Skyland Hopping

Discussion in 'ROLEPLAY GRAVEYARD' started by Laggy Lagiacrus, Apr 4, 2012.

  1. ((OOC))

    “You sure it’ll fly?”
    “I fixed it up; it’ll run as well as it did before – if not better.”
    “Well, you’re the engineer…”
    Clambering into the cockpit of the plane, Adam Johnson adjusted his flight goggles just-so, the anticipation of yet another run in the air kicking in. No laws restricting citizens from flying had been put in place at that point in time – though it affected criminals and those with incapacitating conditions, if you could fly it competently and were above sixteen, the Anderlian government allowed you to own – and pilot – an aircraft. Yes, there were restrictions in place, but none that prevented flight. The model utilised by Adam was a Sputterflare – a newer version of a model used in the war, its weapons systems had since been de-activated, and were now about as much use as throwing a pebble at a rampaging hippo.
    "Oh, come to think of it, you should probably take Clara with you. God only knows what could happen, and face it, you couldn't use a spanner unless it was for poking someone in the eye."
    Pausing as he clambered into the cockpit, Adam looked to his father. it was a good thing he had his flight hat and goggles on - had his eyes and eyebrows been visible, he feared both his father and Clara would take offence, in some form or other. Thus, he simply shrugged, knowing there was no way out of it. It was not that he particularly hated her company, that much had been established while she was employed - in fact, both Johnsons found she was a pleasant person to have. No, it was simply that it was a routine shopping trip, and there should have been no need for an engineer to accompany him, and was rather insulted as a result.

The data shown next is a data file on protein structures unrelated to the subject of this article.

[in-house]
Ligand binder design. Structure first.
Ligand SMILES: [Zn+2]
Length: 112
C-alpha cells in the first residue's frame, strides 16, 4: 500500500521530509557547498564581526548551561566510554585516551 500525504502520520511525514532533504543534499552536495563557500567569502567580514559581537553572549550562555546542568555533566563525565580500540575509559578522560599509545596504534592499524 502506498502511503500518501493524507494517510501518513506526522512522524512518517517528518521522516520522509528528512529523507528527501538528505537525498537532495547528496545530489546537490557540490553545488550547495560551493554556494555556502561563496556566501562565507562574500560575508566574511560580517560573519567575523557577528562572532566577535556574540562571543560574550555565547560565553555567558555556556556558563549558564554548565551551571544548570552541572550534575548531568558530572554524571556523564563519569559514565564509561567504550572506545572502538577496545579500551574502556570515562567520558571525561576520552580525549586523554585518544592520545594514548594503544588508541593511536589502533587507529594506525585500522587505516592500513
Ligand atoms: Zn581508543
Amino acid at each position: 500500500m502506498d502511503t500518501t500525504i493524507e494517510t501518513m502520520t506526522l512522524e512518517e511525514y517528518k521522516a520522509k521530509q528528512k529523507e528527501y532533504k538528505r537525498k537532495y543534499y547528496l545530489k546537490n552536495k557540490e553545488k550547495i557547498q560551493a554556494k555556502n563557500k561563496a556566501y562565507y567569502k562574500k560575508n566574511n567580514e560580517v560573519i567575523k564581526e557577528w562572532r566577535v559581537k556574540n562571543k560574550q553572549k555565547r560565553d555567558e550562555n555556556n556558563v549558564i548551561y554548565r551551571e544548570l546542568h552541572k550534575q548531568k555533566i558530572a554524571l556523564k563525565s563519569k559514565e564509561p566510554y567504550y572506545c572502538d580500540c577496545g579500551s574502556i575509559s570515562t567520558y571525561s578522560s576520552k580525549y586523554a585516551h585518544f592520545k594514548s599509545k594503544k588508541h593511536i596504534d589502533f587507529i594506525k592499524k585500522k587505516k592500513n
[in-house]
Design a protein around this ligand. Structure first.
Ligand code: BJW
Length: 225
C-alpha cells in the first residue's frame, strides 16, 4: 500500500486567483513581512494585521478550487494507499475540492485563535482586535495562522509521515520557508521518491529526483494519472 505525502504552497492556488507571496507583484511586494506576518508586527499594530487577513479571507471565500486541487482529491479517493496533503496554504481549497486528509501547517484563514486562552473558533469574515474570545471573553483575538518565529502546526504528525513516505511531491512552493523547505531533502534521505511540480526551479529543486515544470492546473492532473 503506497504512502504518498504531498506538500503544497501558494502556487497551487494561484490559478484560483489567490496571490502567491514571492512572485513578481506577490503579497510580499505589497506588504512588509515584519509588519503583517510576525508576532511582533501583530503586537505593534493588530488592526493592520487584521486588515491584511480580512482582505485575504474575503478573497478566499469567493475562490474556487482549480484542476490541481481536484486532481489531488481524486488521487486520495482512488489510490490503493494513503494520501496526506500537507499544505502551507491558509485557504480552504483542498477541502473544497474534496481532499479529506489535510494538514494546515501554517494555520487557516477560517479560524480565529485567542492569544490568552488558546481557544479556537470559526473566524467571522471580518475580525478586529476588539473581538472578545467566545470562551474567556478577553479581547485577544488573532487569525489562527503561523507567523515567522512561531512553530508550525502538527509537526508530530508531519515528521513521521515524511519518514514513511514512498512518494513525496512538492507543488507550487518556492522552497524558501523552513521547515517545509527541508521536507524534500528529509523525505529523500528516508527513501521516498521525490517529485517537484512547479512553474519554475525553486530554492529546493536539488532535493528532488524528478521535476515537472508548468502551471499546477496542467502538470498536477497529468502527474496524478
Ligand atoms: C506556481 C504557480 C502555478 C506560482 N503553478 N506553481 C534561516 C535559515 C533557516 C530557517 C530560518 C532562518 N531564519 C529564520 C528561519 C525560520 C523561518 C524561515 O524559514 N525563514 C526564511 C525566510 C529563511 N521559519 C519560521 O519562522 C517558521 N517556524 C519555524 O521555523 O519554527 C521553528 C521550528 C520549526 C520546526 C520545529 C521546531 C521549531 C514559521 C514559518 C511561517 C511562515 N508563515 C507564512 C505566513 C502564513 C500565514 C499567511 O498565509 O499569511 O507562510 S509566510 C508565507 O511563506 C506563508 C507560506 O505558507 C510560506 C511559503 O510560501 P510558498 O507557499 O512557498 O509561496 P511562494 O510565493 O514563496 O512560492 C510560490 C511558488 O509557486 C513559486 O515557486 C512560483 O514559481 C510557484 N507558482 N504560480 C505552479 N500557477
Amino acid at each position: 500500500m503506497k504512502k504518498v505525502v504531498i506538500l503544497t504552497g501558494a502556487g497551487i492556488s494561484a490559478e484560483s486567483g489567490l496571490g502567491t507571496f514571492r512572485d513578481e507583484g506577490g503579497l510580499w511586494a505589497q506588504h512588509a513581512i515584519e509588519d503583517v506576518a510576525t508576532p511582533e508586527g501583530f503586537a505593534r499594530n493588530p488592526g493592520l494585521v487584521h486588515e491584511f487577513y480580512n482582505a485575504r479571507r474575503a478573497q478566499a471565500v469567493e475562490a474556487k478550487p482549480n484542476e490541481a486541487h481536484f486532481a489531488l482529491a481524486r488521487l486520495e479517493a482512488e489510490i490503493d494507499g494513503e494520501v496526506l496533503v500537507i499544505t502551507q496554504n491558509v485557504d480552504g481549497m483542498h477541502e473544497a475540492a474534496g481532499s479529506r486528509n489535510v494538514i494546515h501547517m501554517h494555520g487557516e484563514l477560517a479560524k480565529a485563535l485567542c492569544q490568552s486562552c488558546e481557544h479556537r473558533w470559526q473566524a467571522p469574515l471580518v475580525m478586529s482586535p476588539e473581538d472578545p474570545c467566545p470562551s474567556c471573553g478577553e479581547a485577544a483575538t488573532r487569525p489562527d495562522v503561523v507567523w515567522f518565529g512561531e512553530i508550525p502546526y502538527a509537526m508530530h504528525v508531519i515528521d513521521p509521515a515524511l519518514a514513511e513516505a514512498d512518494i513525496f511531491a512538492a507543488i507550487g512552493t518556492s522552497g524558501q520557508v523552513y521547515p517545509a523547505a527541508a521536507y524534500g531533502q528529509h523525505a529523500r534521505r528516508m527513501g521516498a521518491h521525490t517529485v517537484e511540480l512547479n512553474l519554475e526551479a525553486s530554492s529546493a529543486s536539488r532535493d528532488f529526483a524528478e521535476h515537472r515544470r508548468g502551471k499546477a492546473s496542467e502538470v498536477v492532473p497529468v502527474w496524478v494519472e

"All right then. Come on, the passenger seat won't fill itself."
     
  2. The first question really was atrocious.</SPAN>
    </SPAN>
    “You sure it’ll fly?” Adam had asked, and Clara could not help but scowl slightly. His father had fixed up his plane, and Clara was quite sure that Mr. Johnson was a top-notch engineer. Of course it would fly! The fact that Adam even doubted it made her lips a fine and annoyed line. She didn’t even bother expressing her opinion though, knowing she would simply spark anger towards herself.
    </SPAN></SPAN>
    She swung the wrench she had been holding over her shoulder, her grease-stained fingers clutching tightly to prevent an oily slip. She admired the beauty of a plane, it had had a nice engine, but she was sure Mr. Johnson’s work would make it fly smoother than silk. She had yet to reach that level of expertise, but spent every moment trying to achieve it. Even the mere thought of engineering a perfect beauty had her free hand twitching slightly, restless for the comforting feel of oil on metal in her hands. The plane itself was a Sputterflare, but she wasn’t too happy about that part. It had been a surprise to her when it revealed it’s engine. People nowadays were too forward, always trying to design all sorts of engines to make theirs newer and ‘better’. But Clara believed that the classical engines worked best. People complained they were noisy, but she heard it as a purr, like a happy kitten. They weren’t ‘fast enough’, but they could outlast three of the newer engines! Quality over quantity had become the opposite, unfortunately.</SPAN></SPAN>

    Mr. Johnson spoke up, and Clara had to simply beam. She wiped the grime off her face with a rag that had been tucked in her pocket, and set down her wrench. Grabbing a small and easily portable toolbox, she clambered in, even ignoring Adam’s rudeness.
    </SPAN></SPAN>
    “I doubt it’ll malfunction, but it’d be wonderful to get my hands on it!” She admit, putting on her seatbelt and her goggles. She had yet to try out a Sputterflare’s engine, and wondered how smooth it would be. Did it have that soft rumble? The slight whirr of fans? She wondered how much petrol it needed to run, and how long it could hold out. She had never gotten the chance to learn anything other than the mechanics of planes, barely able to drive a slow old Catswing’62. But if given the engine of one, she could easily take it apart and reassemble it in a matter of minutes.
    </SPAN></SPAN>
    “Let’s get this thing running.” She concluded, eager to see it work.</SPAN></SPAN>